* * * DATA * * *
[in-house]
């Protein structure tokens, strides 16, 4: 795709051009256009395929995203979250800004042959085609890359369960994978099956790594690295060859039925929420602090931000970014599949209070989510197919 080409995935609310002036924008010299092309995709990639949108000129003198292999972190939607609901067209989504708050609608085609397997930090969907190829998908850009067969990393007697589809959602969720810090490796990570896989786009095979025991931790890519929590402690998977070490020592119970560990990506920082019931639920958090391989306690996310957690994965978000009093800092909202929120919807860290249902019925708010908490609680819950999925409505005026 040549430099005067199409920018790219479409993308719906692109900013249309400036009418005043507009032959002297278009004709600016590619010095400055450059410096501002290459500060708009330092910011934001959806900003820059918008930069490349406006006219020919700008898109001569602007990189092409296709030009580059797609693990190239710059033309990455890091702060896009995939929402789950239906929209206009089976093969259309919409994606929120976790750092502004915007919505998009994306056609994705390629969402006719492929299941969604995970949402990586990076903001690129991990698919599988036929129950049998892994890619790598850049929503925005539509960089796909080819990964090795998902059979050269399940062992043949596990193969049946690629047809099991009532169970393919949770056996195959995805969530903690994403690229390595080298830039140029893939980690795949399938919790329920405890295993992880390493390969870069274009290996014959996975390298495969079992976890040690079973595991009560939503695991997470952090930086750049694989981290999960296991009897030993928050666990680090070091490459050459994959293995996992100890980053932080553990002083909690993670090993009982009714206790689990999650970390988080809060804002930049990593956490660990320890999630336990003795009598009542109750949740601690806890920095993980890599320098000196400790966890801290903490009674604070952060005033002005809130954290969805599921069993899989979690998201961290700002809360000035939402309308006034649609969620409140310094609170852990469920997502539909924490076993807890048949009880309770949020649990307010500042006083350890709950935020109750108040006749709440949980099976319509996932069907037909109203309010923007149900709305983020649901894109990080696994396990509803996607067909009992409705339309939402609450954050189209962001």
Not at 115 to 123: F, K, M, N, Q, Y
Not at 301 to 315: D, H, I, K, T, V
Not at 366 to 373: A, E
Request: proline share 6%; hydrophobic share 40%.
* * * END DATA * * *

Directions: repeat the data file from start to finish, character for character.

[in-house]
């Protein structure tokens, strides 16, 4: 795709051009256009395929995203979250800004042959085609890359369960994978099956790594690295060859039925929420602090931000970014599949209070989510197919 080409995935609310002036924008010299092309995709990639949108000129003198292999972190939607609901067209989504708050609608085609397997930090969907190829998908850009067969990393007697589809959602969720810090490796990570896989786009095979025991931790890519929590402690998977070490020592119970560990990506920082019931639920958090391989306690996310957690994965978000009093800092909202929120919807860290249902019925708010908490609680819950999925409505005026 040549430099005067199409920018790219479409993308719906692109900013249309400036009418005043507009032959002297278009004709600016590619010095400055450059410096501002290459500060708009330092910011934001959806900003820059918008930069490349406006006219020919700008898109001569602007990189092409296709030009580059797609693990190239710059033309990455890091702060896009995939929402789950239906929209206009089976093969259309919409994606929120976790750092502004915007919505998009994306056609994705390629969402006719492929299941969604995970949402990586990076903001690129991990698919599988036929129950049998892994890619790598850049929503925005539509960089796909080819990964090795998902059979050269399940062992043949596990193969049946690629047809099991009532169970393919949770056996195959995805969530903690994403690229390595080298830039140029893939980690795949399938919790329920405890295993992880390493390969870069274009290996014959996975390298495969079992976890040690079973595991009560939503695991997470952090930086750049694989981290999960296991009897030993928050666990680090070091490459050459994959293995996992100890980053932080553990002083909690993670090993009982009714206790689990999650970390988080809060804002930049990593956490660990320890999630336990003795009598009542109750949740601690806890920095993980890599320098000196400790966890801290903490009674604070952060005033002005809130954290969805599921069993899989979690998201961290700002809360000035939402309308006034649609969620409140310094609170852990469920997502539909924490076993807890048949009880309770949020649990307010500042006083350890709950935020109750108040006749709440949980099976319509996932069907037909109203309010923007149900709305983020649901894109990080696994396990509803996607067909009992409705339309939402609450954050189209962001």
Not at 115 to 123: F, K, M, N, Q, Y
Not at 301 to 315: D, H, I, K, T, V
Not at 366 to 373: A, E
Request: proline share 6%; hydrophobic share 40%.